Video Of The Day: Watch An Eagle Take Out A Drone

Published February 5, 2016
Updated January 22, 2018

Drones can cause havoc if they're in the wrong hands. With their new drone-hunting eagles, Dutch police have come up with a novel and effective solution.

You might not own any of the 181,000 registered drones in America, but you probably know what they’re capable of. Whether it’s something as innocuous as taking stunning aerial photos of cities, or something as morally questionable as vague military airstrikes, drones have now become a staple of everyday conversation.

The only problem is that people haven’t quite figured out how to appropriately deal with unwanted drones flying overhead. From signal jammers, to sending interceptor drones to do battle with the rogue drones, to city government approved drone-shooting licenses, all of the current methods of controlling drones have been too complex without providing a feasible solution. But sometimes, mother nature provides the best and simplest answer: In this case, eagles.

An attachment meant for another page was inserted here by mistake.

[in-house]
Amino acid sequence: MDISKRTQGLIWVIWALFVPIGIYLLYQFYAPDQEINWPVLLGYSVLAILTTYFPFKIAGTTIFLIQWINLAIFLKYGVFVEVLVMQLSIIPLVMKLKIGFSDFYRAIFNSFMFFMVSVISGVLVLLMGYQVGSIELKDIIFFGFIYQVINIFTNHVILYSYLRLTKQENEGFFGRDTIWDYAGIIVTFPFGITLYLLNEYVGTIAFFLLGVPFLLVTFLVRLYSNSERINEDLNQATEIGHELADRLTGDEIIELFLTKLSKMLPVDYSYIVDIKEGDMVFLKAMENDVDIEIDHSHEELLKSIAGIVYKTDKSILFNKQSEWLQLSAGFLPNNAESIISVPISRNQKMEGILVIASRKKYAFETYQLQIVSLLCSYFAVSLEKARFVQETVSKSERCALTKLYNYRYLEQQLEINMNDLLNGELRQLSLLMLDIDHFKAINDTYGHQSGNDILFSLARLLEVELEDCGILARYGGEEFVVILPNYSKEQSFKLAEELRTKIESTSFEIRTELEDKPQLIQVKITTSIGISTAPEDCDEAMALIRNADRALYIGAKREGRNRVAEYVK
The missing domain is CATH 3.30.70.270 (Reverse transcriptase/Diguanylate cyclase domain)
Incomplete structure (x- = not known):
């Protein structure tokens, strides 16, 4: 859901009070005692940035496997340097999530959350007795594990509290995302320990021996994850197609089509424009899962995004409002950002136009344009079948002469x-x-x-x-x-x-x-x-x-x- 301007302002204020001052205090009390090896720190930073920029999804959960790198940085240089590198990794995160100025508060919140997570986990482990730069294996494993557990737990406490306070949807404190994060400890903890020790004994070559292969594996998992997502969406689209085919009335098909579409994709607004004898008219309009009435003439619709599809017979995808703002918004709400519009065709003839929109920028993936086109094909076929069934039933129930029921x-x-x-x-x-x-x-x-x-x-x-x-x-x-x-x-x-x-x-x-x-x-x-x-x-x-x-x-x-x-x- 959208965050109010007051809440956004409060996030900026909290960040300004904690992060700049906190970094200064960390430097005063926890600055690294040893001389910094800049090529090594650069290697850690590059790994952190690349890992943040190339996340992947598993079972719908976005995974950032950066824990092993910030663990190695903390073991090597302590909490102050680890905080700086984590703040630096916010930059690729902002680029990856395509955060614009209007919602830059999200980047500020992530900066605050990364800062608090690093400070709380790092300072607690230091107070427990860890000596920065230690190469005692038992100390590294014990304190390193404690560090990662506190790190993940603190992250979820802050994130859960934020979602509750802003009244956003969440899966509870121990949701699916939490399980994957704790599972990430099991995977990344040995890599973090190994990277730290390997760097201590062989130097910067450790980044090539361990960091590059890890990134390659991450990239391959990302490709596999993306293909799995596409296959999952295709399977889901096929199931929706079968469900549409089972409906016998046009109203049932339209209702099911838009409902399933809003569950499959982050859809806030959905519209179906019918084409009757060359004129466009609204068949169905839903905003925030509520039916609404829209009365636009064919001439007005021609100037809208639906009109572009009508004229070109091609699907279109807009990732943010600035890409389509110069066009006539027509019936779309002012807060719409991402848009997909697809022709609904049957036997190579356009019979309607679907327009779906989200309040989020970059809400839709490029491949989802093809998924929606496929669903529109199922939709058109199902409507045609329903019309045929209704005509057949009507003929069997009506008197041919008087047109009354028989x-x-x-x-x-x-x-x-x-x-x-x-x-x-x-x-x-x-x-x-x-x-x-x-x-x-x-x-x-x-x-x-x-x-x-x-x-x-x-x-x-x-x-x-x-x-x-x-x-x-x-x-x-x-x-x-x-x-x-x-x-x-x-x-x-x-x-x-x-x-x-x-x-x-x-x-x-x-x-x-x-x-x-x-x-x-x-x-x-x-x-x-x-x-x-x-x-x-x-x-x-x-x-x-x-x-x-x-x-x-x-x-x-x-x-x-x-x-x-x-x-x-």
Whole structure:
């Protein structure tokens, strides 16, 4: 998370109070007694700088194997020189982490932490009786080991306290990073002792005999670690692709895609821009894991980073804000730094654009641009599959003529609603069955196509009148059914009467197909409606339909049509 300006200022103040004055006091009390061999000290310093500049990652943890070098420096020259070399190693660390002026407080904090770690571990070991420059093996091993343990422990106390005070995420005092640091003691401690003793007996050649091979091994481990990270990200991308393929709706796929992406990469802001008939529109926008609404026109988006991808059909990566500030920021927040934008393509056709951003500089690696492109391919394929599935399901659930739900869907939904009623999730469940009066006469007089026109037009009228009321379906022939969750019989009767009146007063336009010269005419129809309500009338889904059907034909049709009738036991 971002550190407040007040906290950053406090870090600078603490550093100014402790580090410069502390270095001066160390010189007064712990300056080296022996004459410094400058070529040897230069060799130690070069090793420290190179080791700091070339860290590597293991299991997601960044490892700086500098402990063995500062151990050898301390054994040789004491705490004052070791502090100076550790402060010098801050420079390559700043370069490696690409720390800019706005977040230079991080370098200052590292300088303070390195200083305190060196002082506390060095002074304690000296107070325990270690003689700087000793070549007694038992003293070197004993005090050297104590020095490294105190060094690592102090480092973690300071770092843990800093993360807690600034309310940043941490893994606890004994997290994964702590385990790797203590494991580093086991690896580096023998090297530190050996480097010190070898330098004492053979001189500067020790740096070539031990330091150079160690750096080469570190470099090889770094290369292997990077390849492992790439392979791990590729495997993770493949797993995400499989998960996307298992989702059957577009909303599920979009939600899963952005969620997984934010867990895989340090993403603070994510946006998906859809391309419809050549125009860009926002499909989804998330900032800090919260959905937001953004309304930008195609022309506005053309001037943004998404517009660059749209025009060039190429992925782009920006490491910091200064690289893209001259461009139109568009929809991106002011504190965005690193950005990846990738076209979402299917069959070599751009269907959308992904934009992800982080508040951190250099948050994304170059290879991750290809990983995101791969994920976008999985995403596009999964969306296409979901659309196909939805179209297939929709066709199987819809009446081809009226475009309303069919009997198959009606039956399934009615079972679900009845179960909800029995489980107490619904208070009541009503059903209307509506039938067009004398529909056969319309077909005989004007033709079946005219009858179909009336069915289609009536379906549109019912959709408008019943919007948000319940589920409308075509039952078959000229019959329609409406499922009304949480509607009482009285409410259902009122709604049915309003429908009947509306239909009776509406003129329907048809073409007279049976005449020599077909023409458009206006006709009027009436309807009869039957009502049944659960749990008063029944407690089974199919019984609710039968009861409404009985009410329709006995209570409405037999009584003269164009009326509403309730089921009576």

The Dutch National Police have joined forces with a raptor training company ominously named Guard From Above to train drone-hunting eagles. The birds identify the drone, swoop in for the snatch and then bring it to the ground. Judging from the training video they released, eagles seem like the natural answer to a very unnatural problem.

Granted, the tests are taking place in an isolated room with zero distractions, so the Dutch police still have some work to do to figure out how the eagles would perform in a crowded environment. That means several more months of tests, and hopefully, several more videos of eagle takedowns.

Nickolaus Hines
Nickolaus Hines graduated with a Bachelor's in journalism from Auburn University, and his writing has appeared in Men's Journal, Inverse, and VinePair.
John Kuroski
John Kuroski is the editorial director of All That's Interesting. He graduated from New York University with a degree in history, earning a place in the Phi Alpha Theta honor society for history students. An editor at All That's Interesting since 2015, his areas of interest include modern history and true crime.